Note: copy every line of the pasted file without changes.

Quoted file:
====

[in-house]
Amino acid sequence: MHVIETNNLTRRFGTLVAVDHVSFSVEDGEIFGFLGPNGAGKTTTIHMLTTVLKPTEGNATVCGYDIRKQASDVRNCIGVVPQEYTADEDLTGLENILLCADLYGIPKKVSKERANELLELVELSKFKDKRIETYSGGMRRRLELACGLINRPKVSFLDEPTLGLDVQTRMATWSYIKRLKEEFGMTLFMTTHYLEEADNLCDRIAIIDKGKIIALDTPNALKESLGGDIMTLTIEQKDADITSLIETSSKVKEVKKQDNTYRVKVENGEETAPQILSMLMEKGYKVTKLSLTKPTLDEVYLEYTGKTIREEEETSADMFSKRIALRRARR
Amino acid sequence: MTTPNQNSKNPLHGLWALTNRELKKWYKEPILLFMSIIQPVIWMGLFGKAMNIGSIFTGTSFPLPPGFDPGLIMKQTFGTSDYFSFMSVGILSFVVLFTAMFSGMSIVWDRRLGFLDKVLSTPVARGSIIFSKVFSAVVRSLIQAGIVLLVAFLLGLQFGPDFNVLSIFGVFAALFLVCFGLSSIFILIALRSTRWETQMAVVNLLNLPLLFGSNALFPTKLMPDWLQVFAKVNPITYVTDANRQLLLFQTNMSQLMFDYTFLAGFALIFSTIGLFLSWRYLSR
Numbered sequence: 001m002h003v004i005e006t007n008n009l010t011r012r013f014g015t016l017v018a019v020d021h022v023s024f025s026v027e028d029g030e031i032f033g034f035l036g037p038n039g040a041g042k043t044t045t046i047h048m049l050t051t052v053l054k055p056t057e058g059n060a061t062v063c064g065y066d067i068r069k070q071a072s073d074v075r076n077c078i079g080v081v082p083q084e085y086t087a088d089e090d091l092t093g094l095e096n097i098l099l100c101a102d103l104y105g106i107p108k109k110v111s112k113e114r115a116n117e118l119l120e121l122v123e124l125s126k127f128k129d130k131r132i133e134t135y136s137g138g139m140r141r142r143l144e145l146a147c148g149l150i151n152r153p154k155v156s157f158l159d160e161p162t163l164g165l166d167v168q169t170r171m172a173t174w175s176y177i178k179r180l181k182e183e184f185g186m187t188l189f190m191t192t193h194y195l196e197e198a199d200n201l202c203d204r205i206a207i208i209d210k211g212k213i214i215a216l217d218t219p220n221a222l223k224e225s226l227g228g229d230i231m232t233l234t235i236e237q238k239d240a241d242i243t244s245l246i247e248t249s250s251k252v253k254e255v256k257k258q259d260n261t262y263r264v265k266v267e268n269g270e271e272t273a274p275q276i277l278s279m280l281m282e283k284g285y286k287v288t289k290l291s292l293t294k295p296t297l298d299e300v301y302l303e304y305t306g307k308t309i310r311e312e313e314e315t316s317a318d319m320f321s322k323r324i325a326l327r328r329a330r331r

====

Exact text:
[in-house]
Amino acid sequence: MHVIETNNLTRRFGTLVAVDHVSFSVEDGEIFGFLGPNGAGKTTTIHMLTTVLKPTEGNATVCGYDIRKQASDVRNCIGVVPQEYTADEDLTGLENILLCADLYGIPKKVSKERANELLELVELSKFKDKRIETYSGGMRRRLELACGLINRPKVSFLDEPTLGLDVQTRMATWSYIKRLKEEFGMTLFMTTHYLEEADNLCDRIAIIDKGKIIALDTPNALKESLGGDIMTLTIEQKDADITSLIETSSKVKEVKKQDNTYRVKVENGEETAPQILSMLMEKGYKVTKLSLTKPTLDEVYLEYTGKTIREEEETSADMFSKRIALRRARR
Amino acid sequence: MTTPNQNSKNPLHGLWALTNRELKKWYKEPILLFMSIIQPVIWMGLFGKAMNIGSIFTGTSFPLPPGFDPGLIMKQTFGTSDYFSFMSVGILSFVVLFTAMFSGMSIVWDRRLGFLDKVLSTPVARGSIIFSKVFSAVVRSLIQAGIVLLVAFLLGLQFGPDFNVLSIFGVFAALFLVCFGLSSIFILIALRSTRWETQMAVVNLLNLPLLFGSNALFPTKLMPDWLQVFAKVNPITYVTDANRQLLLFQTNMSQLMFDYTFLAGFALIFSTIGLFLSWRYLSR
Numbered sequence: 001m002h003v004i005e006t007n008n009l010t011r012r013f014g015t016l017v018a019v020d021h022v023s024f025s026v027e028d029g030e031i032f033g034f035l036g037p038n039g040a041g042k043t044t045t046i047h048m049l050t051t052v053l054k055p056t057e058g059n060a061t062v063c064g065y066d067i068r069k070q071a072s073d074v075r076n077c078i079g080v081v082p083q084e085y086t087a088d089e090d091l092t093g094l095e096n097i098l099l100c101a102d103l104y105g106i107p108k109k110v111s112k113e114r115a116n117e118l119l120e121l122v123e124l125s126k127f128k129d130k131r132i133e134t135y136s137g138g139m140r141r142r143l144e145l146a147c148g149l150i151n152r153p154k155v156s157f158l159d160e161p162t163l164g165l166d167v168q169t170r171m172a173t174w175s176y177i178k179r180l181k182e183e184f185g186m187t188l189f190m191t192t193h194y195l196e197e198a199d200n201l202c203d204r205i206a207i208i209d210k211g212k213i214i215a216l217d218t219p220n221a222l223k224e225s226l227g228g229d230i231m232t233l234t235i236e237q238k239d240a241d242i243t244s245l246i247e248t249s250s251k252v253k254e255v256k257k258q259d260n261t262y263r264v265k266v267e268n269g270e271e272t273a274p275q276i277l278s279m280l281m282e283k284g285y286k287v288t289k290l291s292l293t294k295p296t297l298d299e300v301y302l303e304y305t306g307k308t309i310r311e312e313e314e315t316s317a318d319m320f321s322k323r324i325a326l327r328r329a330r331r